Canadian Peace Alliance Statement on Federal Budget 2013
The Leaky Department of National Defence
March 21, 2013
For the third year in a row, a document has been “leaked” to the press warning of cuts to military spending just as the federal budget is due to be released.
The reality is the Conservatives have overseen billions in additional spending on the Canadian forces. When they came into office in 2006, spending on the military was $15 billion. Even with the proposed reductions, they are due to spend roughly $19 billion each year.
That extra $4 billion is enough to provide free post-secondary tuition for all Canadian students. It would also be enough to provide adequate housing for all Canadians living on the streets or to hire almost 40,000 nurses. Harper wants to fund war instead.
For a Conservative government that is known to have a tight leash on all federal departments, these continued leaks must be disconcerting. In 2012, a leaked letter from the Prime Minister to Peter Mackay called for more cuts to the DND budget. In 2011, another leak – this time of a report by Lieutenant-General Andrew Leslie – caused a stir by calling for $1 billion in cuts.
Ironically, it seems the Department of National Defence has a serious security problem.
That may be the case, but the consistency of the leaks does make one wonder if there is another motive for the Harper government. Given that a huge majority of Canadians believe that we should cut money from the military before cutting social and environmental programs, it seems more likely that the Conservatives are using these leaks to try and soften the blow of other cuts to come. Evidently they want to highlight the fact that everyone is tightening their belts – before they ask us to tighten them again.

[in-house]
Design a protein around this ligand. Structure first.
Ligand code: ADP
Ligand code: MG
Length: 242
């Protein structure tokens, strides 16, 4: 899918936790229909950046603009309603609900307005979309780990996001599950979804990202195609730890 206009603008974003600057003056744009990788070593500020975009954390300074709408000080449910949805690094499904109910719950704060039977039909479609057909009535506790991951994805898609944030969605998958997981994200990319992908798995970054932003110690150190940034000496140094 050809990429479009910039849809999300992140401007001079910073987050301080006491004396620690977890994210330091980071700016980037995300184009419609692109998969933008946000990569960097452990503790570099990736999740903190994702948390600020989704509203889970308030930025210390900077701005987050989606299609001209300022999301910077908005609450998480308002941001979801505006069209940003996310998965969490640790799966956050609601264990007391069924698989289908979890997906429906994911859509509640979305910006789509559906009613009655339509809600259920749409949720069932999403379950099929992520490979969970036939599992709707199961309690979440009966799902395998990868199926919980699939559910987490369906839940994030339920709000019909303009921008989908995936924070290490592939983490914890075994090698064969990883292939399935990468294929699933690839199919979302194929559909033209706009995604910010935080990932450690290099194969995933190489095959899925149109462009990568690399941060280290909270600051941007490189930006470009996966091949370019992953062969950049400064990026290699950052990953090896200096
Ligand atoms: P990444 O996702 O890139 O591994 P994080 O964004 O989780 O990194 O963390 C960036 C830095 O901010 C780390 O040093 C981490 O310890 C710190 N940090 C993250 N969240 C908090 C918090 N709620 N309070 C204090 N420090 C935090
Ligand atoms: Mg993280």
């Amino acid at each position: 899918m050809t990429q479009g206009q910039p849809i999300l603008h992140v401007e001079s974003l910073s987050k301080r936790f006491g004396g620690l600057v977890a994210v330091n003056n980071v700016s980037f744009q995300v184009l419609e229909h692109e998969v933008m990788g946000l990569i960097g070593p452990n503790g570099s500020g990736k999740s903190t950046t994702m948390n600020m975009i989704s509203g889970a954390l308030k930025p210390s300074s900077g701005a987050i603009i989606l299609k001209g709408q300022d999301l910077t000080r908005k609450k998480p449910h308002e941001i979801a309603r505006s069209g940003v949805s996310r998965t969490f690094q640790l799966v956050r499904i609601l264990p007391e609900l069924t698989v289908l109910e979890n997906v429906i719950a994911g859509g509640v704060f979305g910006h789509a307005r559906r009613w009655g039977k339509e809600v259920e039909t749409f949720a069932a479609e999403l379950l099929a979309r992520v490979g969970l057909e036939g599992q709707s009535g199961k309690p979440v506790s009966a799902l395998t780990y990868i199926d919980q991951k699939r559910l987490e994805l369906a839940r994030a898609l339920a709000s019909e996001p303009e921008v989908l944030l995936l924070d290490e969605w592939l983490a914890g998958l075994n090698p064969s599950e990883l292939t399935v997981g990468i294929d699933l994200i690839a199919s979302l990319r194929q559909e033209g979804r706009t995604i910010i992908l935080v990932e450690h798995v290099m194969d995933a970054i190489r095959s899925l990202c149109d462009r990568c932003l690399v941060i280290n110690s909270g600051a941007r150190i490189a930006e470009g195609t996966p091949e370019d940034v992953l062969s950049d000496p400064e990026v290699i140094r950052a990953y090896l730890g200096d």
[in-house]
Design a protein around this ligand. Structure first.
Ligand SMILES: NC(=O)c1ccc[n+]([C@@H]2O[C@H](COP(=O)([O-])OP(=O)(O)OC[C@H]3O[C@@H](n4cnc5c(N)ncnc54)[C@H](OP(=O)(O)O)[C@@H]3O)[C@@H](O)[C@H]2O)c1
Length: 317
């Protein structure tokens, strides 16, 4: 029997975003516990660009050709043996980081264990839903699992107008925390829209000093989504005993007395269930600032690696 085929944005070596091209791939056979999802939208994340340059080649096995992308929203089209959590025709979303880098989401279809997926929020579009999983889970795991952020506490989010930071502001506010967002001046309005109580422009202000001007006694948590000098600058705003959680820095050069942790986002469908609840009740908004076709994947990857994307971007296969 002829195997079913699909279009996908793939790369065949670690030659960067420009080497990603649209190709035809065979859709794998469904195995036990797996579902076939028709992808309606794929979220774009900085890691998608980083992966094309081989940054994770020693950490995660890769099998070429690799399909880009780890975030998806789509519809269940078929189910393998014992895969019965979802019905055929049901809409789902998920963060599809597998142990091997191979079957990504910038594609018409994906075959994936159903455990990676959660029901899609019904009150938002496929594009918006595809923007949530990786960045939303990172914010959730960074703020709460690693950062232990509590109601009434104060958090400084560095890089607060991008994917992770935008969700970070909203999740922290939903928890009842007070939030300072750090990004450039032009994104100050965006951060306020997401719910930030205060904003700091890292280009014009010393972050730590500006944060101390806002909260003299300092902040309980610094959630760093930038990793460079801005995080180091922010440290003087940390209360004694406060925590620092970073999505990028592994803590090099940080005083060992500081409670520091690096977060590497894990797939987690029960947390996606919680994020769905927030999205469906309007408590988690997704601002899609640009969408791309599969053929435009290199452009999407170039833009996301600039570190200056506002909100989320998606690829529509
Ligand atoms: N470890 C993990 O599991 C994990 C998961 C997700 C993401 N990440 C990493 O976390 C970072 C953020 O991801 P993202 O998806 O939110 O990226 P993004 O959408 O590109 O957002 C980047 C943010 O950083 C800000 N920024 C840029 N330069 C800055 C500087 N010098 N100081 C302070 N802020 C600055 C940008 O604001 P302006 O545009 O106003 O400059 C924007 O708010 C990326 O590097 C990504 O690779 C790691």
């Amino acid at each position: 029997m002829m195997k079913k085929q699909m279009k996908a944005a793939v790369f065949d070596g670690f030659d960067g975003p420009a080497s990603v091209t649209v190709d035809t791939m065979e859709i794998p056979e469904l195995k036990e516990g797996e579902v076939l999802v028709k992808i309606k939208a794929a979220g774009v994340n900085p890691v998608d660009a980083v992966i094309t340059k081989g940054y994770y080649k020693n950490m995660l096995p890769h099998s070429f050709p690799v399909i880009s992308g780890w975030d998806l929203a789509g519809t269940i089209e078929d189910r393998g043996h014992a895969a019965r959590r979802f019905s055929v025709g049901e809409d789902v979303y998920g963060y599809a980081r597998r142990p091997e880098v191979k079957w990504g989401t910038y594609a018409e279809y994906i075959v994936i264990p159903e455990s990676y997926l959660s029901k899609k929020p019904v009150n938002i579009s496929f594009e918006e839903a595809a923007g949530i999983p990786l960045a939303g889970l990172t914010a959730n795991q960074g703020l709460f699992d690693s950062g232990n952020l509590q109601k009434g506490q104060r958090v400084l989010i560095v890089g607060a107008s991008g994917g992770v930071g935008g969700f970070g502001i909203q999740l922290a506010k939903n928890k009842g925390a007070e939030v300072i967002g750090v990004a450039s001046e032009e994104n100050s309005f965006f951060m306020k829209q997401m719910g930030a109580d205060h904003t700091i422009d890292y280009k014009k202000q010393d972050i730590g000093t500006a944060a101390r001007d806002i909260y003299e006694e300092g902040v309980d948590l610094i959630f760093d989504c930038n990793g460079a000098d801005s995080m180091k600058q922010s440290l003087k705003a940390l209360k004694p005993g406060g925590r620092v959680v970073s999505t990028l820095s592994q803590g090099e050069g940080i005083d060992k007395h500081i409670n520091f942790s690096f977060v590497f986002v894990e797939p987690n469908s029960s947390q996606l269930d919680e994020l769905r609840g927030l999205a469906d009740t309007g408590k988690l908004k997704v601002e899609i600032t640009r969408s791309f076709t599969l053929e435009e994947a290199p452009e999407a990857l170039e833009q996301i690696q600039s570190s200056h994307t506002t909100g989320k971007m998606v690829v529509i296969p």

We all know how gung-ho this Prime Minister is. He has re-branded the Canadian forces as the Canadian Armed forces so we don’t forget that they are there to, “kill detestable murderers and scumbags” in the words of Former Defence Chief Rick Hillier, even if its main victims in Afghanistan turned out to be unarmed civilian men, women and children. They have worked hard to make Canadians proud of our military, spending millions on the War of 1812 events and have even re-written the new Citizens handbook to highlight Canada’s military history.
Harper is also the most vocal cheerleader for an attack on Iran and has never shied away from deploying the Canadian forces whether in Libya, Afghanistan or now Mali. This government has also called for Canada to open up 8 new military bases abroad and had earmarked almost a half trillion dollars in military spending in the Canada First Defence Strategy (CFDS). In the first 5 years as Prime Minister, Harper increased the military budget by $1 billion each year. Just recently, Harper announced that Canada intends to spend another $1 billion on an armed drone program.
The cuts as outlined will reduce the total amount earmarked for the military but it hardly suggests a department that is in trouble financially. The military is still the largest discretionary item in the budget. If we add up all the reductions as outlined in the myriad of leaked reports we are looking at a total allotment for the time frame outlined by the CFDS of approximately $450 billion by 2025.
No matter how you cut it, this is still a war budget.
(The Canadian Peace Alliance was formed in 1985 and is the largest umbrella group for peace organizations in Canada. The Canadian Peace Congress is a founding member of the CPA.)